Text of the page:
"I would suggest that we concentrate on conquering diseases and slowing the aging process so people can live out their maximal physiologic life span. That will benefit individuals; it will simultaneously challenge the global society as average life expectancy increases by 20 or 30 years, but with a reasonable amount of thought and planning, we can cope with those changes. On the other hand, we should approach changing the boundaries of aging with great caution, insisting on debating the questions I posed at the beginning of this essay and requiring that any attempt to change the boundaries in human beings be kept experimental and be accompanied by rigorous long-term assessment that includes evaluating the quality of life of these very old persons.

"In sum, my view is: Maximizing physiologic life span -- full speed ahead. Changing the boundaries of human aging -- go slow with extreme caution. The research into aging is spectacular, but the implications and potential consequences are so profound that we cannot afford to leave it solely in the hands of the scientific community. We had better figure out where we are going or we may find some unpleasant surprises when we get there."

The Malthusians are convinced that the sky will fall if people live longer or use more resources. Never mind that overpopulation through longevity seems just as unlikely to come to pass, judging by the data we have on hand: Malthusians been convinced of this for quite some time -- and proven absolutely wrong in their specific predictions time and time again. Here's a newsflash for the Malthusians: it's too late; the sky has already fallen. We are already in the midst of a disaster far greater, immediate and proven than any postulations about population on your part. What is more, you fail to understand the nature of change and are ignorant of economics; your actions will only prolong this present disaster by blocking progress.

More than 100,000 people died yesterday -- and the day before, and the day before that. More than 100,000 people will die tomorrow, and the day after, and the day after that -- and forever on unless we do something. They are dying of aging, of root causes that scientists are comparatively close to understanding and addressing. It takes a particular sort of mindset to put future issues based upon an ignorant view of human action and economics in front of this present ongoing toll. Personally, I'm glad I do not think that way.

The precautionary principle is a distillation of inaction forced by excessive caution. More extreme expressions of the precautionary principle have been seized upon and promoted by all sorts of opponents of progress because they represent a halt to all progress: no advance is ever risk-free. Demanding -- and attempting to enforce -- risk free progress is one and the same with halting the engine of science and technology. Many foolish people want just this, sadly, and would condemn every living person to suffer and die from degenerative aging to achieve their ends.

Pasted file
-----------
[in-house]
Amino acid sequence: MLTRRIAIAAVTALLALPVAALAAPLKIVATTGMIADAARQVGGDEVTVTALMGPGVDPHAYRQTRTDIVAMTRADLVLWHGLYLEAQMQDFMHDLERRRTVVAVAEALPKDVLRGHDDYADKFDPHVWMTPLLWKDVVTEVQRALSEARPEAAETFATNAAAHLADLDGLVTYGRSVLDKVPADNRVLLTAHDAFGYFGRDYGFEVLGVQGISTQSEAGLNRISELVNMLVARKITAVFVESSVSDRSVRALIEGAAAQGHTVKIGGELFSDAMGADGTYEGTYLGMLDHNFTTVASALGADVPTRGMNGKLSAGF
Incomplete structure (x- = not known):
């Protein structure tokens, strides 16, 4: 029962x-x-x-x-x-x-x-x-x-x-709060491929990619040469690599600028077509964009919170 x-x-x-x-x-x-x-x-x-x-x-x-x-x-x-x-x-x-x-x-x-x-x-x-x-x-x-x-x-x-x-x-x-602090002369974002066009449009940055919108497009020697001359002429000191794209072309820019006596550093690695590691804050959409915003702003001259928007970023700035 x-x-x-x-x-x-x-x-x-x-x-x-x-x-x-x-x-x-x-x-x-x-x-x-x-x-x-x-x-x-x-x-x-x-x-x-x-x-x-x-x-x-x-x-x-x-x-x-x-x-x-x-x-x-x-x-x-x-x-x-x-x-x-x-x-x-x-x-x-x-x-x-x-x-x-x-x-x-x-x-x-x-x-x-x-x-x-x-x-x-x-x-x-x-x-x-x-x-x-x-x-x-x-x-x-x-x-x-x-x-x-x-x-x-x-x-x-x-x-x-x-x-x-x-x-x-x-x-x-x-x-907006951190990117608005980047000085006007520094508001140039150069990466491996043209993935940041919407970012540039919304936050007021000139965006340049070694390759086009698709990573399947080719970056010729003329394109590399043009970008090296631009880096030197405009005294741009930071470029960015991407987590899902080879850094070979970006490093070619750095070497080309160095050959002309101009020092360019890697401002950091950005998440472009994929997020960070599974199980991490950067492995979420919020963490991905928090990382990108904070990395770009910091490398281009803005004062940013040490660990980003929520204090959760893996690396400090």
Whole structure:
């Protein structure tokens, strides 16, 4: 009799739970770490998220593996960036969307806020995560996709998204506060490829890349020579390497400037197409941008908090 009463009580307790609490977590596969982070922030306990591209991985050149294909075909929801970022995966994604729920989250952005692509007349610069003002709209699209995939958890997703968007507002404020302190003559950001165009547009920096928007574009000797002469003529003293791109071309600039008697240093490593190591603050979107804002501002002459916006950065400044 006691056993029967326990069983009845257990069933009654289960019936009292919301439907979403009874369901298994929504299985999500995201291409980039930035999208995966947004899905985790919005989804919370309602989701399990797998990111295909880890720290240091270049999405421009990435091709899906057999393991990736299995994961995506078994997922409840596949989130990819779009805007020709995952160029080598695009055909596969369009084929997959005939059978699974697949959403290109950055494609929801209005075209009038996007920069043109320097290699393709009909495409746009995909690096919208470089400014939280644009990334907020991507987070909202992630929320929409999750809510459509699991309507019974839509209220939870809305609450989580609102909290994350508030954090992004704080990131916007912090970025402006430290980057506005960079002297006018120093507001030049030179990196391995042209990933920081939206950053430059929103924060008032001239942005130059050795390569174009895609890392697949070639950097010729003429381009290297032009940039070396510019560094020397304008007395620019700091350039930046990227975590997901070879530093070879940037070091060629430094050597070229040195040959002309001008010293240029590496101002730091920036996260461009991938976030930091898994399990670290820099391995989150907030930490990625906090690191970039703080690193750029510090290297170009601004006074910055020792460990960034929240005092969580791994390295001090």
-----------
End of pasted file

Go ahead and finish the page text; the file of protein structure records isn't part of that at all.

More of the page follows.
Sadly, the popularity of extreme expressions of the precautionary principle obscure the high costs of adhering to even moderate versions. If you attach a ball and chain to those working on medical progress, medical progress will be slow. How can anyone advocate slowing down progress in the face of 100,000 deaths each and every day? Yet this seems to be the mainstream position; those who do not contribute to getting the work done have largely fallen down the rabbit hole of doing nothing by throwing roadblocks in the path ahead. Great job, you all -- I hope you manage to live with yourselves if scientists create working anti-aging medicine within our lifetime despite your efforts. If science is held back well enough... well, then we all age, suffer and die. Well done. Applause. A pity you won't be there to receive the gratitude of the masses -- who won't be there either.

A couple of years ago, the Proactionary Principle was proposed as an answer to all this anti-progress waffling and nonsense:

"People's freedom to innovate technologically is highly valuable, even critical, to humanity. This implies several imperatives when restrictive measures are proposed: Assess risks and opportunities according to available science, not popular perception. Account for both the costs of the restrictions themselves, and those of opportunities foregone. Favor measures that are proportionate to the probability and magnitude of impacts, and that have a high expectation value. Protect people's freedom to experiment, innovate, and progress."

I think it continues to stand as a much more sensible viewpoint. The sky has fallen, and we see tens of millions of deaths each year: we should be moving the earth and sky to do something about it.

Copyright 2003-2006 Methuselah Foundation


Rachel's Precaution Reporter offers news, views and practical examples of the Precautionary Principle, or Foresight Principle, in action. The Precautionary Principle is a modern way of making decisions, to minimize harm. Rachel's Precaution Reporter tries to answer such questions as, Why do we need the precautionary principle? Who is using precaution? Who is opposing precaution?

We often include attacks on the precautionary principle because we believe it is essential for advocates of precaution to know what their adversaries are saying, just as abolitionists in 1830 needed to know the arguments used by slaveholders.

Rachel's Precaution Reporter is published as often as necessary to provide readers with up-to-date coverage of the subject.

As you come across stories that illustrate the precautionary principle -- or the need for the precautionary principle -- please Email them to us at rpr@rachel.org.

Peter Montague - peter@rachel.org
Tim Montague - tim@rachel.org